Solid earnings from several blue-chip stocks and strong buying in the financial sector led the Dow Jones Industrial Average to its highest close since October 2007 and put it less than 1% from a record close. Gains, however, were tempered by the upcoming State of the Union speech and expectations that there would be more emphasis on taxation than control of government spending.
The National Federation of Independent Business reported that its business optimism index for January rose less than expected. And the Labor Department said that the number of job openings in December fell from November.
At Tuesday’s close, the Dow was up 47 points to 14,019, the S&P 500 rose 2 points to 1,519, and the Nasdaq fell 6 points to 3,186. The NYSE traded 613 million shares and the Nasdaq crossed 418 million. Advancers led decliners on both exchanges by about 1.7-to-1.
The Dow’s tight bull channel has resulted in its highest close in five and a half years. The impressive advance from the November lows took a short breather last week, trading sideways until Tuesday’s break from a small flag formation (not shown). Even though its MACD flashed a cautionary sell signal, the advance will most likely continue.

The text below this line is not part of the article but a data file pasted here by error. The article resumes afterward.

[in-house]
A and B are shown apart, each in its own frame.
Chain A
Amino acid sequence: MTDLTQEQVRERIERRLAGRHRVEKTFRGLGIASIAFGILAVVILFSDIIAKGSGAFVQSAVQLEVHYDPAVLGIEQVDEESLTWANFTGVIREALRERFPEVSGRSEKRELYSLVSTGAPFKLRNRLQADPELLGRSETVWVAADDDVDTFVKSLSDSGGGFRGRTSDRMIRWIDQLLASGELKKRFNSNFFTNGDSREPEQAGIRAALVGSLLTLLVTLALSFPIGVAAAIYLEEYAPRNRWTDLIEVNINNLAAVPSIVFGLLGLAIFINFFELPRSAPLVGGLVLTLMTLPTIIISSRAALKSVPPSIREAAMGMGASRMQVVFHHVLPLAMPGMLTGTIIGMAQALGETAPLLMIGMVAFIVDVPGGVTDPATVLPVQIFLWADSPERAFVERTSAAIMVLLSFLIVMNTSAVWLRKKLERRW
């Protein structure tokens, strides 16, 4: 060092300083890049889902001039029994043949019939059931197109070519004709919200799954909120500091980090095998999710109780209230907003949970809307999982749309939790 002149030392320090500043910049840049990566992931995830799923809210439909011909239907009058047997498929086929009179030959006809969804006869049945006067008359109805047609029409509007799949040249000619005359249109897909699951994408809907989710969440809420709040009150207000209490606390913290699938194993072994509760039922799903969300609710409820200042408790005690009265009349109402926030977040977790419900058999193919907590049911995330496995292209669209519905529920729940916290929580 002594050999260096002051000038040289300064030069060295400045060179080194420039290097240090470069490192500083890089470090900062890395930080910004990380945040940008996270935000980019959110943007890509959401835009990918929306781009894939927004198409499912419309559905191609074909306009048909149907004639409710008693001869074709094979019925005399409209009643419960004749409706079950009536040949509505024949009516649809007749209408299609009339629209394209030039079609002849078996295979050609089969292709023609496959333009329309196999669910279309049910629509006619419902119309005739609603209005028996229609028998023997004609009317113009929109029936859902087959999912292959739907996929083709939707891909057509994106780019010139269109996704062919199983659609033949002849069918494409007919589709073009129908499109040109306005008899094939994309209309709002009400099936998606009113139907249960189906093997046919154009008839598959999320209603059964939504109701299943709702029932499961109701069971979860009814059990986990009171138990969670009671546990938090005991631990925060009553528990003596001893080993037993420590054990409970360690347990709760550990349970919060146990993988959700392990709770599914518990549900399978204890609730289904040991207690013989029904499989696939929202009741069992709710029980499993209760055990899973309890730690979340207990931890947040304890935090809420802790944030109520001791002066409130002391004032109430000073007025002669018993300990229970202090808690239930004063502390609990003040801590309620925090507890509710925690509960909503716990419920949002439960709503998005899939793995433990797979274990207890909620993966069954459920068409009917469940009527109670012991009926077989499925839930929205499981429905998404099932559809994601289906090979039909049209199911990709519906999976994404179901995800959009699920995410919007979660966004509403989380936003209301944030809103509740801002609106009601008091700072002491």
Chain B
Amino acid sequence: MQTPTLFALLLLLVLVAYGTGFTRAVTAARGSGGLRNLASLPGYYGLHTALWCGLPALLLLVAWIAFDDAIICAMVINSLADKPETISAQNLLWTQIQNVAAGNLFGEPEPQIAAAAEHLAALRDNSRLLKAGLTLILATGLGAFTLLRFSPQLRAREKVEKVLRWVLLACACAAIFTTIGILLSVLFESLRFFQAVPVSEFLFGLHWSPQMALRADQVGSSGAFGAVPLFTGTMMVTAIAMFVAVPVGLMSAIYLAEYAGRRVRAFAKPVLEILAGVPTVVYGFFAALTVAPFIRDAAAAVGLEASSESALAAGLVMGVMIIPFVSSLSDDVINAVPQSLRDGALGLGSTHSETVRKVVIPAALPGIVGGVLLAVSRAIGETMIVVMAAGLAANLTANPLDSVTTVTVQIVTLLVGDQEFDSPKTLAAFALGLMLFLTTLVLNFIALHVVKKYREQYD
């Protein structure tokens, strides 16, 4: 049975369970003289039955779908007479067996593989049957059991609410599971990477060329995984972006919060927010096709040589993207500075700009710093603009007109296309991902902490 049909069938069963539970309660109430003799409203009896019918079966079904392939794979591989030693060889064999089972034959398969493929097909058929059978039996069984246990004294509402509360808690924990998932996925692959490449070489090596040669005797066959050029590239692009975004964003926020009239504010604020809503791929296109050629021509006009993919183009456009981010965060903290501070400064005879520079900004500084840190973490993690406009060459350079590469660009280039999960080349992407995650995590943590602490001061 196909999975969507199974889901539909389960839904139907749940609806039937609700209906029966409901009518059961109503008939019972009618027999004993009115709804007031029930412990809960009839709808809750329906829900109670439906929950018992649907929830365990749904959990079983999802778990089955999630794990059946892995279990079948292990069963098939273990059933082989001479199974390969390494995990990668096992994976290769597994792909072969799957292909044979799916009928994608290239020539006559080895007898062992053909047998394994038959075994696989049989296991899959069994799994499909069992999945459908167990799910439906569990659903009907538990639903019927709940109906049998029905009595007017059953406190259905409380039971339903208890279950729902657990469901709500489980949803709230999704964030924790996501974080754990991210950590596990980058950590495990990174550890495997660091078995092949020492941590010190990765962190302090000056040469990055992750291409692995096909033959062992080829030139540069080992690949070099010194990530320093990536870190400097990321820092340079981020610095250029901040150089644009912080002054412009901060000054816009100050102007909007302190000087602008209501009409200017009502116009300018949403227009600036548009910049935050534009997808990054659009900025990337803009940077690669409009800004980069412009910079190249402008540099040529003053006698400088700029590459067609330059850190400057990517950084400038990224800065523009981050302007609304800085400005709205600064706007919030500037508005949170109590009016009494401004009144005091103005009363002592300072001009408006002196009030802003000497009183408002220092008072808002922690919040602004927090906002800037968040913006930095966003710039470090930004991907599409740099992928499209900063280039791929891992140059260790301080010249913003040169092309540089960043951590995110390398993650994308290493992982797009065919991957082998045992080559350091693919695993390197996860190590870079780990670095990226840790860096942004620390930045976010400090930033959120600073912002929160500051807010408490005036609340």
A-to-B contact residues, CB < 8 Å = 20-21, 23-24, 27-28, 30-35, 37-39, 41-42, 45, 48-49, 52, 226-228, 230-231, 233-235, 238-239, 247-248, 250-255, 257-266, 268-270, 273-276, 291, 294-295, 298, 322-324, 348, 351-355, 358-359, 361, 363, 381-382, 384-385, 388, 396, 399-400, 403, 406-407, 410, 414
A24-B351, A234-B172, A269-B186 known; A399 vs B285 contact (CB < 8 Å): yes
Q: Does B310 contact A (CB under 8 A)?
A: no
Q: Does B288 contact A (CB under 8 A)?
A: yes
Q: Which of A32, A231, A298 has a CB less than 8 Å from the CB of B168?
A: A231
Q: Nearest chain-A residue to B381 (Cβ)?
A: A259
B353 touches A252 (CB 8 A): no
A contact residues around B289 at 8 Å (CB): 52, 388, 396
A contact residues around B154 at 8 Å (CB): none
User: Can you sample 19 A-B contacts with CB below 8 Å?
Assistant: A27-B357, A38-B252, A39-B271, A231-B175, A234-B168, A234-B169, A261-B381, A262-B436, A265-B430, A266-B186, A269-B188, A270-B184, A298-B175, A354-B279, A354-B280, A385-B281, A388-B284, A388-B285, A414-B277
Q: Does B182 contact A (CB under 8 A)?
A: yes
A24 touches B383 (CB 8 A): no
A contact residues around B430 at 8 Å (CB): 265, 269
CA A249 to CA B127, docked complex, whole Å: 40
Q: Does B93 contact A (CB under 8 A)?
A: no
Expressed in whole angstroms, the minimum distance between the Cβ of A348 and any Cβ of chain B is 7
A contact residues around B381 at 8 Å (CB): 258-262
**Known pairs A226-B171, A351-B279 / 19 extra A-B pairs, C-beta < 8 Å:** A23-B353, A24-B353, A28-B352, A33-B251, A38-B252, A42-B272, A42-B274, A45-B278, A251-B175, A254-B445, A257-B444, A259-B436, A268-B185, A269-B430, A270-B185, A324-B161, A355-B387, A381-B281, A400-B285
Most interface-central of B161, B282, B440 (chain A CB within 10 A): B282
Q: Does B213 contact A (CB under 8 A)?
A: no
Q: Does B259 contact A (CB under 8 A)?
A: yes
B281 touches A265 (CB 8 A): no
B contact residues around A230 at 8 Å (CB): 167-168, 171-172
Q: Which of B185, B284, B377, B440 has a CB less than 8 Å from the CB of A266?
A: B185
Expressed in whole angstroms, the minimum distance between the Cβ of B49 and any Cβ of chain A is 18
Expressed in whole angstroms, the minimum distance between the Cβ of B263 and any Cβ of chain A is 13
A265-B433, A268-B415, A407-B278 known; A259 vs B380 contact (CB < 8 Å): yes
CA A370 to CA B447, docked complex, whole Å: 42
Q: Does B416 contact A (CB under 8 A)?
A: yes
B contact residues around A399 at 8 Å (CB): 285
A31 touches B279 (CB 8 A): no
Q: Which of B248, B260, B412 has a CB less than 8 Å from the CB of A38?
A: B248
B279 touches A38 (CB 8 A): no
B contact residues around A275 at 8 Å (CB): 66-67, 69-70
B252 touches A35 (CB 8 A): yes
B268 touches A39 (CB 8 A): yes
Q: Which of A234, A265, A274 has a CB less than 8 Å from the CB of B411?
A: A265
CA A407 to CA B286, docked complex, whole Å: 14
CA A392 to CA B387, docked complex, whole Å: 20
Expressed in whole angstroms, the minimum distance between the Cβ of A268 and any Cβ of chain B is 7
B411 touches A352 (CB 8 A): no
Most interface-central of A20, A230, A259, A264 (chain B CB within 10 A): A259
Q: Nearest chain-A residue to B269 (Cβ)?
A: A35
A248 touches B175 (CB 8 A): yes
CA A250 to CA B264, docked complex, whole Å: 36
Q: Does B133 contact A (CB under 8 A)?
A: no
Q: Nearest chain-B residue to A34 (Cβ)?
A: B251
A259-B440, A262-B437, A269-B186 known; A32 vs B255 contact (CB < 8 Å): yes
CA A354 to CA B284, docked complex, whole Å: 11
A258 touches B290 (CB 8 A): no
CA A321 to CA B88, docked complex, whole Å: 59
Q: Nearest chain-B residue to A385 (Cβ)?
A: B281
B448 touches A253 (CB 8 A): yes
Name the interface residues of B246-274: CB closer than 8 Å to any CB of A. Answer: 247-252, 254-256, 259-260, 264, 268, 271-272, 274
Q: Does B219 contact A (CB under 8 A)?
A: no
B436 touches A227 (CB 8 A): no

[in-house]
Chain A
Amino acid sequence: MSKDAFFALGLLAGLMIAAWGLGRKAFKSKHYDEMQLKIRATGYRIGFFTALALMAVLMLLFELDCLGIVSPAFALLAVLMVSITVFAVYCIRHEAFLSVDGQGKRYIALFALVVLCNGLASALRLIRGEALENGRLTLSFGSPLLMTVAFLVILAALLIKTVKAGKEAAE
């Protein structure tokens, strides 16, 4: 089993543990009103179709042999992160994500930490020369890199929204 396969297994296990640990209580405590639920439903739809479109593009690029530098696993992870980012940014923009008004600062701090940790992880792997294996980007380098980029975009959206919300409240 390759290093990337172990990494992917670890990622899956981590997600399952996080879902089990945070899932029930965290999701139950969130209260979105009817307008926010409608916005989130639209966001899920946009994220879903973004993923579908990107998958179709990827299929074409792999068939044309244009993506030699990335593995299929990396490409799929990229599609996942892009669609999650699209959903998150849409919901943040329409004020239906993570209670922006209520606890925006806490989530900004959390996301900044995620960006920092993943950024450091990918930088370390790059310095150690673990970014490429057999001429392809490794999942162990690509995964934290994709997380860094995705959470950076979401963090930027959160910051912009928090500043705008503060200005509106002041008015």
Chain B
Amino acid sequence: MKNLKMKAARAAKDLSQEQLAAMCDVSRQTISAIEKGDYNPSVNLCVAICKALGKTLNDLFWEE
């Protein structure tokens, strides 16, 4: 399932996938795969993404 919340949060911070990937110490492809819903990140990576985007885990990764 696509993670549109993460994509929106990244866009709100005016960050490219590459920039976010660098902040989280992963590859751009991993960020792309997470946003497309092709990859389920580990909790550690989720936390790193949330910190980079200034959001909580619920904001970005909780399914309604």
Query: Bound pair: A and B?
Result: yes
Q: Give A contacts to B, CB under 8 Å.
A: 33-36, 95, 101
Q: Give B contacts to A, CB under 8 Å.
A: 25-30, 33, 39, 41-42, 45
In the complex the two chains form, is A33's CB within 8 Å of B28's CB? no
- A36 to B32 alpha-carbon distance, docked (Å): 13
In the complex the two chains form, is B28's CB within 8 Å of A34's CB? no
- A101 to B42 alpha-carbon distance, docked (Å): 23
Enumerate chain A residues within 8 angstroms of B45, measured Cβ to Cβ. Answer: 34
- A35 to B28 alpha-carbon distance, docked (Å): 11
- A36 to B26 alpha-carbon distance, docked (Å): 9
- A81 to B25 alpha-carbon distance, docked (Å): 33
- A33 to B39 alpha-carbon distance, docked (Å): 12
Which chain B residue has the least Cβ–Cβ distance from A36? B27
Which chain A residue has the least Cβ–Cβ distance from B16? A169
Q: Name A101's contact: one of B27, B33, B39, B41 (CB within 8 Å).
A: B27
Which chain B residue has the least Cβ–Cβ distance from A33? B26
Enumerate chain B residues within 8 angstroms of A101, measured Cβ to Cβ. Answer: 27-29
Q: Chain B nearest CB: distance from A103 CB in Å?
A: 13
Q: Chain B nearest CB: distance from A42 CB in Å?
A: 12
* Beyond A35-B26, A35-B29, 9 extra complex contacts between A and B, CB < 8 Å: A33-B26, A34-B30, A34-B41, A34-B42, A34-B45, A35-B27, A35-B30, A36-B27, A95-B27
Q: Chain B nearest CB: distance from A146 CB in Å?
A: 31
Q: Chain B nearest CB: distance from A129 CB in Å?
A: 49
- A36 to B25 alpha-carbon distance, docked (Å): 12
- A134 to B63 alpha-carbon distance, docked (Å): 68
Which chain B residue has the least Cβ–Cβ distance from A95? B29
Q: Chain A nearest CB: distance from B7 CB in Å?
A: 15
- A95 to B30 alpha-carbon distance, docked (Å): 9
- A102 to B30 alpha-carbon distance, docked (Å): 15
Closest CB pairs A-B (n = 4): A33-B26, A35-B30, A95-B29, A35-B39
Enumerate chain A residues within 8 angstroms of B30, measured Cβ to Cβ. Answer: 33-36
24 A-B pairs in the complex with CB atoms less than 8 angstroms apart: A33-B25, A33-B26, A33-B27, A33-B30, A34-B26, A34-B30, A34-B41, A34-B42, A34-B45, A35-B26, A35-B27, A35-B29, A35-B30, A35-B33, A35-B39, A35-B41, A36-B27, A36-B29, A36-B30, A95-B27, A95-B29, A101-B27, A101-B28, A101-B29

What can I say about the Nasdaq’s behavior, except that it is annoying! Instead of smashing to a new high, the junior index fell Tuesday and registered a bearish key reversal. But the trading was light, and advancers exceeded decliners by a healthy margin. For now, let’s just consider this signal as a minor setback and expect the index to overcome the resistance at 3,197.
Conclusion: Trading slowed Tuesday in anticipation of the president’s State of the Union message. Wall Street has been wary of more of what it considers “anti-business” policies from the speech, thus positive surprises could lead to a broad breakout.
This is being written before the speech, so I can only guess what could occur. As noted, any programs that are viewed as stimulating for jobs and increasing productivity could pop the indices to new high ground. But if the advance is too strong, traders may want to cash in some of their gains. As I’ve been saying, all corrections should be viewed as buying opportunities.
I’ve run out of time in today’s Daily Market Outlook, and so, as promised, I will provide examples of topping formations in the near future.
Today’s Trading Landscape
To see a list of the companies reporting earnings today, click here.
For a list of this week’s economic reports due out, click here.